Raul Garmas was imprisoned twice over a 10-year period once Castro came into power in Cuba.
The last time, he just knew he’d never experience freedom again. But he did. And even though painful memories of that time followed him to America, he found solace in two things: friends and music.
In February, one of those close friends died and it shook him to the core, Garmas said.
“Many of my friends are gone and now Señor Matos, also,” Garmas said, referring to his former cellmate in Cuba, who died of a heart attack at age 95 in Miami. “Tomorrow that could be me. But I have strong faith and keep living. You have to live all the time. Even in prison that truth was always with me.”
In the days that followed he turned to his other solace and the only hobby he’s had since age 17 — he sang and played his guitar — something he couldn’t do in Cuba under Castro’s reign, Garmas said.
There was no singing or playing of instruments there, but all that changed when he landed in Miami, he said.
“My first job was working at the Hilton Hotel in the day, but by night I was a musician,” he said. “Many nights that first month I woke up thinking I was still in prison. I had to pinch myself when I realized I was free. Music was my solace.”
A Cove resident for the past eight years, Garmas, 72, has a recording studio in his backyard, where over the years he has recorded numerous cassettes. He also has two recording albums and CDs. His favorites are the album, “Canta: Exitos al Siempre,” and the CD entitled, “Wolf,” because they help him to never forget music nor the value of life — a lesson he was reminded of with the passing of Matos.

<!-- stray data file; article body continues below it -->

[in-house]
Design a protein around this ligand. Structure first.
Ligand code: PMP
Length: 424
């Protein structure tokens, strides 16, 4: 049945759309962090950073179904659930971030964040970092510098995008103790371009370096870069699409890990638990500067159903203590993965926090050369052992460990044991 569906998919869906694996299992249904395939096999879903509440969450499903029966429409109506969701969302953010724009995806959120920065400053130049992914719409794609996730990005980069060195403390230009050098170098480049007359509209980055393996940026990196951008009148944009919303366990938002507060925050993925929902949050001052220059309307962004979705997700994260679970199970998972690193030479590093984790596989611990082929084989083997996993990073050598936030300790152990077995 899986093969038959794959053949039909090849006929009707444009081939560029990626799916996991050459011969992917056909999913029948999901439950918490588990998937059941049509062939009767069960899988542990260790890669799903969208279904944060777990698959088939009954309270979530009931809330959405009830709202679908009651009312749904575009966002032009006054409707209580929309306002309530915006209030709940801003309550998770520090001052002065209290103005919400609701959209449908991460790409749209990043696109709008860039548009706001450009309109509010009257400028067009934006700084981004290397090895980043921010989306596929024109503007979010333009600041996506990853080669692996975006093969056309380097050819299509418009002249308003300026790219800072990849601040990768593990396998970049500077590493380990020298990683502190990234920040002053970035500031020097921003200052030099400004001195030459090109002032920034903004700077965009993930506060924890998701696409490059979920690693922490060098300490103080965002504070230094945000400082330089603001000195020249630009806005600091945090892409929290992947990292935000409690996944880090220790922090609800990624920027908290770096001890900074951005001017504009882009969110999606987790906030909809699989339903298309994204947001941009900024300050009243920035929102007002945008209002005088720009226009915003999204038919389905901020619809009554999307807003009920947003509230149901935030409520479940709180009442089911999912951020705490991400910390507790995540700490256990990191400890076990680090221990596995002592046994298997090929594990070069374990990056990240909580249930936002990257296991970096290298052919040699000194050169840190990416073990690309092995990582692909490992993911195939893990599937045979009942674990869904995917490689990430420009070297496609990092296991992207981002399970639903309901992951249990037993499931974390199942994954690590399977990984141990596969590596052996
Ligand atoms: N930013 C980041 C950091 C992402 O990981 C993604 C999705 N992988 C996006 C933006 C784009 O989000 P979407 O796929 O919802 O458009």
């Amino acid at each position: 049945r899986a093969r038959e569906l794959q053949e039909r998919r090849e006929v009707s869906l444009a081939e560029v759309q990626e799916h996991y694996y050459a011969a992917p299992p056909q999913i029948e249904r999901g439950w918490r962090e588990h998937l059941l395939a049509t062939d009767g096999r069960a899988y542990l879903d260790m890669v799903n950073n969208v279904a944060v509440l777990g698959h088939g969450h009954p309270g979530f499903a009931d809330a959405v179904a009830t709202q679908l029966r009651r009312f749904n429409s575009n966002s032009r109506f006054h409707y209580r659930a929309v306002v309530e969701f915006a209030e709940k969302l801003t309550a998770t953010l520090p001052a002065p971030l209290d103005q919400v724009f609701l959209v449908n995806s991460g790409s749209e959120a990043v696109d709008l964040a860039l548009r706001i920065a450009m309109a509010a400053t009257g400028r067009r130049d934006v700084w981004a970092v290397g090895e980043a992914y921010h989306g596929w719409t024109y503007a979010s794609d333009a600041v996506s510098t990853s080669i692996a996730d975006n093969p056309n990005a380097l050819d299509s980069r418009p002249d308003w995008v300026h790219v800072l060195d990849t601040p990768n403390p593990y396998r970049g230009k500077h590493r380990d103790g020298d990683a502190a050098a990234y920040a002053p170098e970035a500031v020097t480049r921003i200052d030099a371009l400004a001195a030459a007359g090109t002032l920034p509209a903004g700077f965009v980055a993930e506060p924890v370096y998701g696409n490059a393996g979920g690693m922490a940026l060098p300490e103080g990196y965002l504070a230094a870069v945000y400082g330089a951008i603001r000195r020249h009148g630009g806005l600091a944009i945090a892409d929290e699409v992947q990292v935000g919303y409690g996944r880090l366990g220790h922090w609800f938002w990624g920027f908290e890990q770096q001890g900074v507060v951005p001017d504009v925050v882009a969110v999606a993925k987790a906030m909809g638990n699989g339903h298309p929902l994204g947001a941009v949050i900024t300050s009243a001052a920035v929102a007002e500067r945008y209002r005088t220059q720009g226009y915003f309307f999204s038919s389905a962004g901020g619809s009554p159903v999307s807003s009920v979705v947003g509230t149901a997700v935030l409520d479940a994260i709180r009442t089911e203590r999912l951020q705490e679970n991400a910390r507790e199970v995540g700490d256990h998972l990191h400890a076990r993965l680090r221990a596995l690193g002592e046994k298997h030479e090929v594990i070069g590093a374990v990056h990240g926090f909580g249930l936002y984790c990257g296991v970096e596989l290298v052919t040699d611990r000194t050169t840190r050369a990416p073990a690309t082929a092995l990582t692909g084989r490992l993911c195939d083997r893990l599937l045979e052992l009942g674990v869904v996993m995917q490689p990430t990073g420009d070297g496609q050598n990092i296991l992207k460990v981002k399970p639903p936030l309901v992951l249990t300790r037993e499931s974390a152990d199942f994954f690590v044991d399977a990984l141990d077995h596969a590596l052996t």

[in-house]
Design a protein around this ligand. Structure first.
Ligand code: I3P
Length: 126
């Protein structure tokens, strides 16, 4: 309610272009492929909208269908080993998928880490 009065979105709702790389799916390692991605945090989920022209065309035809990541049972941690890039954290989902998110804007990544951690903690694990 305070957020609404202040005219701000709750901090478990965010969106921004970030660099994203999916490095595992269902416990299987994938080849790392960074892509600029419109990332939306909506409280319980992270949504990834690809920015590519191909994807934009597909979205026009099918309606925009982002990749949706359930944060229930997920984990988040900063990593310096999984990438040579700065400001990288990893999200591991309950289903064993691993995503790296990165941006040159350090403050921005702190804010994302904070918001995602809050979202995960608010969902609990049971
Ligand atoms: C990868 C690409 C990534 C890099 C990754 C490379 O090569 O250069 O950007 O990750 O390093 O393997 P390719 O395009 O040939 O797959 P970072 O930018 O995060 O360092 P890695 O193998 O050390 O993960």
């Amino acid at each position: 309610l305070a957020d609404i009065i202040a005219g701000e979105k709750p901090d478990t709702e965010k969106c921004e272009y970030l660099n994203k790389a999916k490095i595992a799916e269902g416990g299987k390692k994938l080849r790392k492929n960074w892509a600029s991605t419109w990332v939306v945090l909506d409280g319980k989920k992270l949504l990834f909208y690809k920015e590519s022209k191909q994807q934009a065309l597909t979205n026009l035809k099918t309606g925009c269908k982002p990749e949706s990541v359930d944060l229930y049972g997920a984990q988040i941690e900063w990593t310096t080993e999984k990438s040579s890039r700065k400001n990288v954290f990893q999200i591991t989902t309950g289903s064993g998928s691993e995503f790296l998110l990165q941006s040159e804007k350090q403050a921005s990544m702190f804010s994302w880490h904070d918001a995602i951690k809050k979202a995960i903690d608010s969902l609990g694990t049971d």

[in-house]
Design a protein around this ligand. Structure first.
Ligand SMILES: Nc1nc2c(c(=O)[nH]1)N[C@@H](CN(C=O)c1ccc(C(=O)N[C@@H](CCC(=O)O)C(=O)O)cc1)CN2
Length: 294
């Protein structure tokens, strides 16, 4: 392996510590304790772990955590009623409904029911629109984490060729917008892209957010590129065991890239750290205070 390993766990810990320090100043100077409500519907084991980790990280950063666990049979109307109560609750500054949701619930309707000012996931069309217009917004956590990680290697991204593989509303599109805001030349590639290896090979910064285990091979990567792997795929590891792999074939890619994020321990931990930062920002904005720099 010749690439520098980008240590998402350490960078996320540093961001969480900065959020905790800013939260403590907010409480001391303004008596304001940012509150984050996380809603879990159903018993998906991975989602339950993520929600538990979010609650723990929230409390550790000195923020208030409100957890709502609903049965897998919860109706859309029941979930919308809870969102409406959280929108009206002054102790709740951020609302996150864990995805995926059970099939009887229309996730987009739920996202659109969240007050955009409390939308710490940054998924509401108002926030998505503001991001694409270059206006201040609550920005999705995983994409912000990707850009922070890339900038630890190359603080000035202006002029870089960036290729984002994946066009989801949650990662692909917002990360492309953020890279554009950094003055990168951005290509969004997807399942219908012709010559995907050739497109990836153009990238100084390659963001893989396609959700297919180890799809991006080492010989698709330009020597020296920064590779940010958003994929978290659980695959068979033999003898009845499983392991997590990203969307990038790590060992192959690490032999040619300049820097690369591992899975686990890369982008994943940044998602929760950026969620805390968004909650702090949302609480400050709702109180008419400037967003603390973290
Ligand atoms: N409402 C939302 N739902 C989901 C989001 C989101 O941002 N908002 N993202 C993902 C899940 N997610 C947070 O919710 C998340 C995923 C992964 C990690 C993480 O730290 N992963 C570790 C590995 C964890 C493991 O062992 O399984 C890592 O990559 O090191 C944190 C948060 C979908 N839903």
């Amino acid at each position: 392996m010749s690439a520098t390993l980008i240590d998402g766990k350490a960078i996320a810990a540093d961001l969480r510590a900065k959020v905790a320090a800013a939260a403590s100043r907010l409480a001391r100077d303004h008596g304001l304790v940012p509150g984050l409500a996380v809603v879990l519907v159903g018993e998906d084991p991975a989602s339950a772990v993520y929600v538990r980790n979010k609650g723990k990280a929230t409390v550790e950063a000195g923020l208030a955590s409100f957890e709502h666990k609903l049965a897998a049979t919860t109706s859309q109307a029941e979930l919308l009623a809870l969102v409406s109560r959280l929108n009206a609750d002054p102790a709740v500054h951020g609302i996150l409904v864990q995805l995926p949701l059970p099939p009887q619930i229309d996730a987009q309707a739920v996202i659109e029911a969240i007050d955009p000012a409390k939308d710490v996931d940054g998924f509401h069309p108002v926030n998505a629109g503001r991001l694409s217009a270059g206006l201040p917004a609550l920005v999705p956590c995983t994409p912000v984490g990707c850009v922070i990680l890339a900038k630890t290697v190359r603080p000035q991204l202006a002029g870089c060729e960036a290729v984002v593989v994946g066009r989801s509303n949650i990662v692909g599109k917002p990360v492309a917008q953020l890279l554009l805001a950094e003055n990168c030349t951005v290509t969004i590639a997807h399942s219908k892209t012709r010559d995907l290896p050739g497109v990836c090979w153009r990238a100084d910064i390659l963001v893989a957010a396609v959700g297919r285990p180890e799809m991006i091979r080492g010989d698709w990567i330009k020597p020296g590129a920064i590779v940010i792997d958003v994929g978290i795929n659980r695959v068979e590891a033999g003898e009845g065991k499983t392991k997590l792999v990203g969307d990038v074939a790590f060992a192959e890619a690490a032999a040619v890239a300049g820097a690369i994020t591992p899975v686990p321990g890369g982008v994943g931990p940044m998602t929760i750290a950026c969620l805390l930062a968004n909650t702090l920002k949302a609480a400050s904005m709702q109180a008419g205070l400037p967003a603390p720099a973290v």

Garmas survived being shot and failed two escape attempts, but it’s the memories of hearing friends die at the hands of firing squads that haunt him most, he said.
In honor of them, he vowed to continue writing his memoir-in-progress entitled “The Men I Knew.” He has also passed on his diaries and letters, songs and other memorabilia to his 11-year-old grandson, Danilo Zuningamadrid-Delgado, who is researching the Cuban revolution.
“I’m in the middle of a school project called ‘Pursuit of Passion’ where I pick something that I’m interested in and find out more about it,” said Delgado, who attends Fairview Elementary. “I chose my grandpa and Cuba. It makes me sad what he went through, but I want to learn more. Understanding what happened makes me feel closer to him.”
Corinne Lincoln-Pinheiro | Herald